Hussain Mohamed added that it was “utter nonsense” for political parties in government to come out and protest against the government.

Indian High Commissioner “traitor and enemy of the Maldives and the Maldivian people”: Riza

The debate stirred up in parliament followed remarks made by Riza during an anti-GMR rally held on Friday, calling the government to terminate the agreement with GMR – a 25-year concession agreement to develop and manage the airport, and overhaul the existing terminal while a new one is constructed on the other side of the island. The agreement represents the largest case of foreign investment in the Maldives.

“Trade between the Maldives and India reaches billions. Indian tycoons have the biggest share in Maldives tourism.  Indian people are deepest in Maldivian business.  We have to protect the businesses of those who import and sell potatoes and onions from India. We also have to protect the businesses of those who import gravel and sand from India. It should not be GMR that [Mulay] should take into account,” Riza declared during the rally.

“Today, like someone who has chilli smoke on his eyes, like someone who has ants at his feet who is threatening us Maldivians, the Indian ambassador here has forgotten what his job here in Maldives is. We are not in the mood to allow him to commit the crimes he is committing in our country,” he told as the crowd roared in support.

“A diplomat’s job is to work for his country and people and not to protect the interests of one private company… He is a traitor and enemy of Maldives and Maldivian people. We don’t want these kind of diplomats on our soil,

“Today we are also calling on for something else. On the day when we get GMR out of the Maldives, Mulay must also get out of here!” Riza said.

Riza’s comments were widely reported in Indian media.

Television channel Times Now described the “vicious targeting of the Indian envoy as leaving “a bitter taste”, and sparking a “huge diplomatic row”. The story had also been picked up by the Hindu and the Indian Express.

The remarks were quickly met with concern and condemnation by the Indian High Commission, which issued a statement dismissing the Presidential spokesperson’s allegations as being “against the diplomatic protocol”.

“We have told the government of Maldives that settling issues of huge mutual interest cannot be done on public space or on stage. This has to be done through discussion,” the High Commission said in a statement.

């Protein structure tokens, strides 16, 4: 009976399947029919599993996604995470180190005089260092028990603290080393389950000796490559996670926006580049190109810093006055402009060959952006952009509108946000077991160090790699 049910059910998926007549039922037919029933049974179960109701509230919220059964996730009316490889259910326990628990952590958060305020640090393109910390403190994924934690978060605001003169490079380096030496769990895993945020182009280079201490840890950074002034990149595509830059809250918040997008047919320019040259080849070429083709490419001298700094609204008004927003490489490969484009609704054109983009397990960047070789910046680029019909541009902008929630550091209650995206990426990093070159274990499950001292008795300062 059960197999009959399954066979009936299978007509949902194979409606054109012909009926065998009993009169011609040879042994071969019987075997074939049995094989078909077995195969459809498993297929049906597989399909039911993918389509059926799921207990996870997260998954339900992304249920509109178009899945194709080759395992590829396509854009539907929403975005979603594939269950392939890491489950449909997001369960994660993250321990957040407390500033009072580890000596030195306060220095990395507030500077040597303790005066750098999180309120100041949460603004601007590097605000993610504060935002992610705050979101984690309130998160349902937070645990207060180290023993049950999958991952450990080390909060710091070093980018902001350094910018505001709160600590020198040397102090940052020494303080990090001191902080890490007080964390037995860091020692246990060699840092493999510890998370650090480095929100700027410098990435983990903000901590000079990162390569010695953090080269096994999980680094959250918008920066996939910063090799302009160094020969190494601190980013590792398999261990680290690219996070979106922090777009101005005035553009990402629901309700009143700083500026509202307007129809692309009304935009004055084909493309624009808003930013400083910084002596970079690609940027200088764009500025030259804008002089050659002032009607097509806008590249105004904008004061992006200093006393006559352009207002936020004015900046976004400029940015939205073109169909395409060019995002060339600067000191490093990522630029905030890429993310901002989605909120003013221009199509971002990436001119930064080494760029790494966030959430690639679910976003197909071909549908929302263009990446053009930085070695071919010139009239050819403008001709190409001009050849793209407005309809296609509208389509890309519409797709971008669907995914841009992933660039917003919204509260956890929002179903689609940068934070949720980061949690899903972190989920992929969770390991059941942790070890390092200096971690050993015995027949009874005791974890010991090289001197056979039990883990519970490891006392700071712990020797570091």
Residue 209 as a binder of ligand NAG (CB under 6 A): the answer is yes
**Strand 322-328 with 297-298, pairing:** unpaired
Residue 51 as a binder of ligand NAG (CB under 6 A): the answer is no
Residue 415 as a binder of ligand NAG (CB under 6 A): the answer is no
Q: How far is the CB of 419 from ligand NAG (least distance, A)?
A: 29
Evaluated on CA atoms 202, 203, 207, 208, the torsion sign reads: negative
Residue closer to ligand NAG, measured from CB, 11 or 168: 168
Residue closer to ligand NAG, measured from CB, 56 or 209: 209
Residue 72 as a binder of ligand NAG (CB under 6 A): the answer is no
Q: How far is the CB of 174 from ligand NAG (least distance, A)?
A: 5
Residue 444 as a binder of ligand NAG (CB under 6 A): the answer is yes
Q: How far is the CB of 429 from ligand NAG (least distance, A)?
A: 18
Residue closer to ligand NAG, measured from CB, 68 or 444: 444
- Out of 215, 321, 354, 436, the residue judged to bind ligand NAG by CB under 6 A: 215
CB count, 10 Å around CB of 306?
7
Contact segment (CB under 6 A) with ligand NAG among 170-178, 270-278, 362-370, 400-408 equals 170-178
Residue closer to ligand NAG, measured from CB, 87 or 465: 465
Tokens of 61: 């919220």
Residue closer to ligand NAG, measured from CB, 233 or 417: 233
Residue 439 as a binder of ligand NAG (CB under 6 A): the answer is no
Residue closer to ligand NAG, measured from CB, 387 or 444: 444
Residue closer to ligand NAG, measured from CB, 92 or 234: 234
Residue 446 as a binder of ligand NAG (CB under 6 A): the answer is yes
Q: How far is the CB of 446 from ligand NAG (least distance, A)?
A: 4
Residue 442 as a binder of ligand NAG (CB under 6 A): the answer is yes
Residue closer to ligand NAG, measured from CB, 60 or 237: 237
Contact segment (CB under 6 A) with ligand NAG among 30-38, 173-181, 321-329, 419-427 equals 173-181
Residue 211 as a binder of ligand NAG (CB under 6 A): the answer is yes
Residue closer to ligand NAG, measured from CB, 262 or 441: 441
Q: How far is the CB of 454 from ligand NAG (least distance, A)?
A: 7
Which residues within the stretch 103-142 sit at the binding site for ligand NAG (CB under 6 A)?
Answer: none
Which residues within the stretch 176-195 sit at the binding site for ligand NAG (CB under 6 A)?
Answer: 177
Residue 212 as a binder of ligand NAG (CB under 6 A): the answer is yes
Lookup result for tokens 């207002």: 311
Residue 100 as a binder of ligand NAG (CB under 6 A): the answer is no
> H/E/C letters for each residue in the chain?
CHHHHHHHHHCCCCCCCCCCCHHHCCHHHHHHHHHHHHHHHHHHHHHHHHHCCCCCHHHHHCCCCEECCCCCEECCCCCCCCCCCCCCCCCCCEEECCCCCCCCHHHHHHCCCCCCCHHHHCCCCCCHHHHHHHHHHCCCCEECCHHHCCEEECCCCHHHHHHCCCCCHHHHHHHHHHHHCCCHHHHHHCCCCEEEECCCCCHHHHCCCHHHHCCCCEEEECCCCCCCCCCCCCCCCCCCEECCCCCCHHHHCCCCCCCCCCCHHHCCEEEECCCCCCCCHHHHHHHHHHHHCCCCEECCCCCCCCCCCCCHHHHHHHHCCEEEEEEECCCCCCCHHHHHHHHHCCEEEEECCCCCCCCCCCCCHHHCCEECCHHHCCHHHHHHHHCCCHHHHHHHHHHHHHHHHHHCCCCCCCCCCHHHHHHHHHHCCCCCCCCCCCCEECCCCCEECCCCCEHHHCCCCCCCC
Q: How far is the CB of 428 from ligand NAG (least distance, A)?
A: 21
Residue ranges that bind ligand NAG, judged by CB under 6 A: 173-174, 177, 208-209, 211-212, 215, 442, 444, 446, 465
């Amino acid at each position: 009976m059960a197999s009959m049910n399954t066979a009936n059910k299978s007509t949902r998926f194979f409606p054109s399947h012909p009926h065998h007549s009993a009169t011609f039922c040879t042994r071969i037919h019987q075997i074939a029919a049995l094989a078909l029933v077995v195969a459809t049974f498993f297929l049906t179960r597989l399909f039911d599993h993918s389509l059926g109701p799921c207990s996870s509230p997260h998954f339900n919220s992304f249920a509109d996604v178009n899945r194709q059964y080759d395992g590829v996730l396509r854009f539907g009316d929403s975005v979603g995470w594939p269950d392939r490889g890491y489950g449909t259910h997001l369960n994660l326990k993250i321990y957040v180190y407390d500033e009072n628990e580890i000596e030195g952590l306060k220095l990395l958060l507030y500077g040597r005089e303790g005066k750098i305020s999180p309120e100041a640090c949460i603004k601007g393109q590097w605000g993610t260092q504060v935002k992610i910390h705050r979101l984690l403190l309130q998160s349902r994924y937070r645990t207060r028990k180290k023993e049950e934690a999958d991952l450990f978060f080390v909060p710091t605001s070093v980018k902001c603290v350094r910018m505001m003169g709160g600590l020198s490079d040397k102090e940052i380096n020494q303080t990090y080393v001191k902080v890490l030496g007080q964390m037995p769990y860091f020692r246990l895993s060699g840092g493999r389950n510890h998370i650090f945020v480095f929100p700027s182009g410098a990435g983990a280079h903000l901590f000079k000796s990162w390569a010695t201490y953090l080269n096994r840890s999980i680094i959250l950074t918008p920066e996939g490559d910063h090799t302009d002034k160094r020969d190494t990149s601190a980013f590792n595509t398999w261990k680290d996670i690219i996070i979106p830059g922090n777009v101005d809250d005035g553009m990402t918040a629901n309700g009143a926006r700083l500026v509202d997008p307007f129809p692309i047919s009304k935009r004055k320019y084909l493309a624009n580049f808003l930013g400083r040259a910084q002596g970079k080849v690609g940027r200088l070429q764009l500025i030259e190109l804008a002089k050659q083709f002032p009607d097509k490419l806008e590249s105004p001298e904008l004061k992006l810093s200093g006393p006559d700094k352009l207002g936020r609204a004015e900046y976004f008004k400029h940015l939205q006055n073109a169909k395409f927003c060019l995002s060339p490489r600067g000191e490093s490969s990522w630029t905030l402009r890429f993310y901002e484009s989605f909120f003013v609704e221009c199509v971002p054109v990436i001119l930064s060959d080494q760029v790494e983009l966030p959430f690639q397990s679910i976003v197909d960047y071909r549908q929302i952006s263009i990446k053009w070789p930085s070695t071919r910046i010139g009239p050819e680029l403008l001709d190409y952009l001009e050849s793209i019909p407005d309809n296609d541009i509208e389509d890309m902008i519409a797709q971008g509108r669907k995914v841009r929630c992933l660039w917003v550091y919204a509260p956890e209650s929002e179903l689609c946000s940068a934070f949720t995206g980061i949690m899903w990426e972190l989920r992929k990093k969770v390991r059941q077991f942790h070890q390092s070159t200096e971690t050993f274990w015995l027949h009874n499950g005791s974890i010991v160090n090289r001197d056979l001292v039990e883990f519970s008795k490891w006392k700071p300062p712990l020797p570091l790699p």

The Indian High Commission also made it clear that India would safeguard its interests including the investments of Indian companies.

Anti-GMR armada

On Monday afternoon, three days following Riza’s remarks, the anti-GMR campaign took to the seas in an effort to increase pressure on the government to “reclaim” INIA from the Indian infrastructure giant.

A seaborne armada of about 15 dhonis carrying flags and banners circled the airport as part of an ongoing campaign to annul the contract signed between the former government and GMR to manage and develop a new terminal at INIA.

Deputy Home Minister Abdulla told Haveeru that 50,000 people have signed the petition put together by a group of NGOs seeking to annul the agreement and nationalise the airport.

In response to the large number of boats circling the airport, the Maldives National Defence Force (MNDF) increased its seaborne presence to counter the rally, using coastguard vessels to block the entrance to the airport harbour.

MNDF Colonel Abdul Raheem told Minivan News: We had no major concern yesterday, we did not increase our military presence at the airport itself, instead we wanted to make sure that no one [from the protest] could enter the airport area from the sea.”

Adhaalath Party President Sheikh Imran Abdulla told Haveeru the protesters had no intention of disembarking at the airport and that the purpose of the rally was to “observe airport operations in the area”.

Last week Sheikh Imran gave the government a six-day ultimatum to annul the GMR agreement (by November 15).

Former President Mohamed Nasheed, whose government approved the deal in 2010, this month slammed statements over the “reclaiming” of the airport from GMR. Nasheed claimed such comments were “highly irresponsible”, stating that such words from the government could cause irreparable damage to the country.

The present government has continued to press to “re-nationalise” the airport, with the country’s Deputy Tourism Minister confirming to Indian media in September that the administration would not “rule out the possibility of cancelling the award [to GMR]”.


Former CNI’s timeline proves coup d’etat: MDP

The timeline of events made public by the former Commission of National Inquiry (CNI) last week “proves that former Vice President Dr Mohamed Waheed Hassan Manik participated in the coup d’etat that took place on 7th February 2012,” the ousted Maldivian Democratic Party (MDP) has said, calling on President Waheed to offer his resignation.

In a statement yesterday, the MDP contended that facts included in the CNI timeline proved Waheed’s involvement in the alleged coup and established that former President Mohamed Nasheed “was forced to resign under duress.”

The CNI timeline referred to representatives of the December 23 coalition meeting the then-vice president at 1am on 31 January, where they pledged allegiance to Dr Waheed and urged him to take control of the executive.

The MDP argued that Waheed’s assurance to the opposition leaders that he was prepared to fulfill his responsibilities was in violation of the constitution.

“Article 117(a) of the constitution states that the Vice President’s responsibilities are those which are delegated to him by the President,” the statement explained.

“Thus, when the Vice President met with opposition leaders plotting to overthrow the government and told them that he was ‘prepared to fulfill his constitutional duties’, these duties were in fact those delegated to him by the President. By participating in the government overthrow, Vice President Waheed clearly defied the mandate given to him by President Nasheed, and it is clear that Waheed’s actions were not in accordance with the Constitution.”

The CNI timeline acknowledged that police officers in uniform entered the MDP haruge around midnight on 7 February, the MDP statement noted, where they vandalised the premises and assaulted supporters inside the camp.

However, point 90 of the timeline stated that Vice President Waheed issued a statement via opposition media shortly after the attack on Haruge “characterising the police protest as peaceful, without condemning these violent actions.”